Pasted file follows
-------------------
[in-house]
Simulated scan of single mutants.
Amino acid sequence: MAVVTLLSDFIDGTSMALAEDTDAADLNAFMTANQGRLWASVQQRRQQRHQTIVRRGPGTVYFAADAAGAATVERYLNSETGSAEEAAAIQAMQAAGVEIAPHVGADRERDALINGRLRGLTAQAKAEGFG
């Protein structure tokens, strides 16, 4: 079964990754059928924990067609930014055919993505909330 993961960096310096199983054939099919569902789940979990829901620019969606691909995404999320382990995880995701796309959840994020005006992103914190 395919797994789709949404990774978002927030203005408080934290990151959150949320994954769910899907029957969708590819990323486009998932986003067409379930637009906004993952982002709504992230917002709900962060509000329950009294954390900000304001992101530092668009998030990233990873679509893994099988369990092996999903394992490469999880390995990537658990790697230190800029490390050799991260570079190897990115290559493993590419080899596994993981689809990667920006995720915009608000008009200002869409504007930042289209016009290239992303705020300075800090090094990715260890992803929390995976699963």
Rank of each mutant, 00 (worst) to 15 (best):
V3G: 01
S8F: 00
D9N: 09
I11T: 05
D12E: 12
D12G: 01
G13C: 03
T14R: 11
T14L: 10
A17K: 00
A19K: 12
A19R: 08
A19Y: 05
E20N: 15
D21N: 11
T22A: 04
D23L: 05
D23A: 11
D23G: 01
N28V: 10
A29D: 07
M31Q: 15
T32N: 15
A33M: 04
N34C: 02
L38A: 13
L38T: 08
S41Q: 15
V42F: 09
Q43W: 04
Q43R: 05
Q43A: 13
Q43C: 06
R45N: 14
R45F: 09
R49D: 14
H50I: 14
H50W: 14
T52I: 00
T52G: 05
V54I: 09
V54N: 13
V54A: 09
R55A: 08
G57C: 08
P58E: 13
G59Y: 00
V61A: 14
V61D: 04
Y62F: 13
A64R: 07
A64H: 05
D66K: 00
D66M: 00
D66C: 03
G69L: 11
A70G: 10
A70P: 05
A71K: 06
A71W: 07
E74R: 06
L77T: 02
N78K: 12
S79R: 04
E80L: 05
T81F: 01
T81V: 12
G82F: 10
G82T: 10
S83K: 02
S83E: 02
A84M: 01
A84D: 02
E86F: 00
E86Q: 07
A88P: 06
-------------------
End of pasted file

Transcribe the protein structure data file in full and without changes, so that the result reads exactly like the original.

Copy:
[in-house]
Simulated scan of single mutants.
Amino acid sequence: MAVVTLLSDFIDGTSMALAEDTDAADLNAFMTANQGRLWASVQQRRQQRHQTIVRRGPGTVYFAADAAGAATVERYLNSETGSAEEAAAIQAMQAAGVEIAPHVGADRERDALINGRLRGLTAQAKAEGFG
């Protein structure tokens, strides 16, 4: 079964990754059928924990067609930014055919993505909330 993961960096310096199983054939099919569902789940979990829901620019969606691909995404999320382990995880995701796309959840994020005006992103914190 395919797994789709949404990774978002927030203005408080934290990151959150949320994954769910899907029957969708590819990323486009998932986003067409379930637009906004993952982002709504992230917002709900962060509000329950009294954390900000304001992101530092668009998030990233990873679509893994099988369990092996999903394992490469999880390995990537658990790697230190800029490390050799991260570079190897990115290559493993590419080899596994993981689809990667920006995720915009608000008009200002869409504007930042289209016009290239992303705020300075800090090094990715260890992803929390995976699963």
Rank of each mutant, 00 (worst) to 15 (best):
V3G: 01
S8F: 00
D9N: 09
I11T: 05
D12E: 12
D12G: 01
G13C: 03
T14R: 11
T14L: 10
A17K: 00
A19K: 12
A19R: 08
A19Y: 05
E20N: 15
D21N: 11
T22A: 04
D23L: 05
D23A: 11
D23G: 01
N28V: 10
A29D: 07
M31Q: 15
T32N: 15
A33M: 04
N34C: 02
L38A: 13
L38T: 08
S41Q: 15
V42F: 09
Q43W: 04
Q43R: 05
Q43A: 13
Q43C: 06
R45N: 14
R45F: 09
R49D: 14
H50I: 14
H50W: 14
T52I: 00
T52G: 05
V54I: 09
V54N: 13
V54A: 09
R55A: 08
G57C: 08
P58E: 13
G59Y: 00
V61A: 14
V61D: 04
Y62F: 13
A64R: 07
A64H: 05
D66K: 00
D66M: 00
D66C: 03
G69L: 11
A70G: 10
A70P: 05
A71K: 06
A71W: 07
E74R: 06
L77T: 02
N78K: 12
S79R: 04
E80L: 05
T81F: 01
T81V: 12
G82F: 10
G82T: 10
S83K: 02
S83E: 02
A84M: 01
A84D: 02
E86F: 00
E86Q: 07
A88P: 06